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Coral reefs, globally are under threat. Describe the problems faced by coral reefs today. To what extent are these threats human induced? What steps, if any can be taken to either reverse damage done or protect reefs still in existence?

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Introduction

Environmental Hazards Semester 2, 2007 Weighting: 25% Mr Brown Due: September 14th Words: 2865 Coral reefs, globally are under threat. Describe the problems faced by coral reefs today. To what extent are these threats human induced? What steps, if any can be taken to either reverse damage done or protect reefs still in existence? By Vinny Shankar Coral reefs are one of the most highly productive ecosystems in the world, with a complex ecology home to thousands of symbiotic plant, animal and bacteria species. Although they are highly productive, they are also an endangered ecosystem with the majority of threats brought about as a result of human activities or actions. Coral reef ecosystems provide an important resource, not just because of their biological diversity and productivity, but also towards the development of tourism, and the positive economical impact they have on tropical coastal nations. Coral reefs form when colonies of coral polyps (small aquatic animals with a tube-shaped body and a mouth surrounded by tentacles http://216.168.47.67/cis-fishnet/Crest/CRD.htm) join together in large colonies (refer figure 1.0.) Coral reefs are divided into two categories, hard coral and soft coral. Hard coral: this is was forms the hard solid structure that forms the reef base. It is formed from the calcareous base that the polyps secrete. The process is slow and on an average coral grows at about 1-2 mm a year, meaning it takes thousands of years for a substantial piece of coral to come about. Soft coral: do not have skeletons, and feed by swaying in the water. They look like plants and provide homes to many small marine animals. There are three different types of coral reefs: Fringing reef: Grows in shallow water along the shore and prefers arid climates with limited river runoff. ...read more.

Middle

This would have a devastating impact on the diversity because a complete habitat would be lost - 22% of global reef area is affected by pollution like this. * Cyanide Poisoning: The fisherman squirts the cyanide in and around the reefs to get to the fish and temporarily paralyse them. However, the cyanide poison floats around and kills the smaller reef fish as well as the small coral animals, and thus the coral reefs die. * Trawling: Trawling is a method of fishing using a chain, and a big net which is dragged along the ocean floor, pulling up everything in its path, leaving the once vibrant reef ecosystem looking like somewhat of an underwater desert. Further to these problems overfishing has a substantial effect on coral reefs and the marine ecosystem. Fishing with dynamite, cyanide or bleach has killed coral reefs in the Indo-Pacific region. Between 1986 and 1991, half of the coral reefs in the Philippines have been demolished by these and other destructive fishing methods. Since the 1960's, thousands of fishermen in Asia and Indonesia have been using dynamite fishing to collect live fish for money. It is a quick and easy way to catch fish because once the dynamite explodes, the fish nearby are stunned and float to the top where they can be caught. However, the dynamite severely damages the coral reefs and affects the biodiversity because, as mentioned earlier, the community is symbiotic and so if parts of the reef are killed, all the algae and polyp will die. Over fishing in places like the Philippines and Indonesia has caused the disappearance of many types of fish from entire areas. ...read more.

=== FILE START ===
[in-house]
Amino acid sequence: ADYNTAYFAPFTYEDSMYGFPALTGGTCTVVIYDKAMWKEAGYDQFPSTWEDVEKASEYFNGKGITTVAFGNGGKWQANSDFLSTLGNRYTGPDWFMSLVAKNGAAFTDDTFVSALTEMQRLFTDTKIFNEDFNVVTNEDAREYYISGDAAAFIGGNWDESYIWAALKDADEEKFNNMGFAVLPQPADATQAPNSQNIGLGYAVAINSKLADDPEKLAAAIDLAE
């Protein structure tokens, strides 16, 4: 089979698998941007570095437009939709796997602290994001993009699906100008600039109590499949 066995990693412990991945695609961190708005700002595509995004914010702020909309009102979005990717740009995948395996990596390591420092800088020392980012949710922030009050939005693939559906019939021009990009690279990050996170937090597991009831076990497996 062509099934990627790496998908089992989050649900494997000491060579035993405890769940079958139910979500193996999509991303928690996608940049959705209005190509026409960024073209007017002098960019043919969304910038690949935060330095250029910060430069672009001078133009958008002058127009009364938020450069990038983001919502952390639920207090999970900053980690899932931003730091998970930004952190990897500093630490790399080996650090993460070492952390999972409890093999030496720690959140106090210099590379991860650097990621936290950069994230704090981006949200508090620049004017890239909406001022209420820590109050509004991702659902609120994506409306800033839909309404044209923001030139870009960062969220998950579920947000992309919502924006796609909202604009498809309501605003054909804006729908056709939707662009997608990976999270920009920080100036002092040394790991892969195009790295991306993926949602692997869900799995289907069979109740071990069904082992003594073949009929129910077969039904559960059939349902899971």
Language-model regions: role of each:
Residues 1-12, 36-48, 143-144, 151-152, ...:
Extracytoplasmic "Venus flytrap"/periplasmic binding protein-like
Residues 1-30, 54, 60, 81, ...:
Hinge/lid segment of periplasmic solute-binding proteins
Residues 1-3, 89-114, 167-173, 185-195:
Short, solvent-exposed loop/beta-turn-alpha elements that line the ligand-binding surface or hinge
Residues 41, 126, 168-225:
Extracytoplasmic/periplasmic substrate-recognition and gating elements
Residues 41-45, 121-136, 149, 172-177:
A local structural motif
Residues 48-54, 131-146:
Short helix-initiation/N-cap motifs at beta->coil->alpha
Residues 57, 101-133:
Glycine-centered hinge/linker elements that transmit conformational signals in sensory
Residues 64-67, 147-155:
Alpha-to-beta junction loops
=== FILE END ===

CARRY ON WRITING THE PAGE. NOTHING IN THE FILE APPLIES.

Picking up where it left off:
Conclusion

This would cause a loss of a tourist attraction which would in term affect Palau's economic activity. It would also mean the loss of an ecosystem which leads to the loss of many organisms that survived in it, and also food resources. Management needs to occur to try and reduce the rate at which global warming is affecting the world. Management strategies (at all scales) should be in place to try and decrease the rate at which global warming is occurring. As all islands of Palau are different, individual management strategies need to be enforced to suit each need. If management strategies aren't used at a variety of scales it will result in the destruction of fragile ecosystems all over the world. Conclusion Coral reefs are ecologically and economically one of the most important ecosystems in the world. They provide millions of jobs both directly and indirectly and are home to millions of species of plants and animals. Urbanisation and tourism is a big part of the problem of the diminishing coral reef population worldwide and thus many of the problems concerning coral reefs are human induced. Activities such as construction on shorelines, pollution, deforestation and aquaculture are all damaging the fragile coral reef ecosystem. The coral reefs are vital in attracting tourists to coastal nations. Many tourists enjoy the beauty of coral reefs and if this fragile resource were to be gone from our seas not only would the environment severely suffer but also the tourism industry. There are quite a few steps in place to curb the decline and the destruction of the Coral reefs worldwide; in order to keep both the coral alive and a flourishing tourism sector, there needs to be consistent management of the fragile ecosystem in order to preserve this beautiful and vital resource for generation to come. ...read more.

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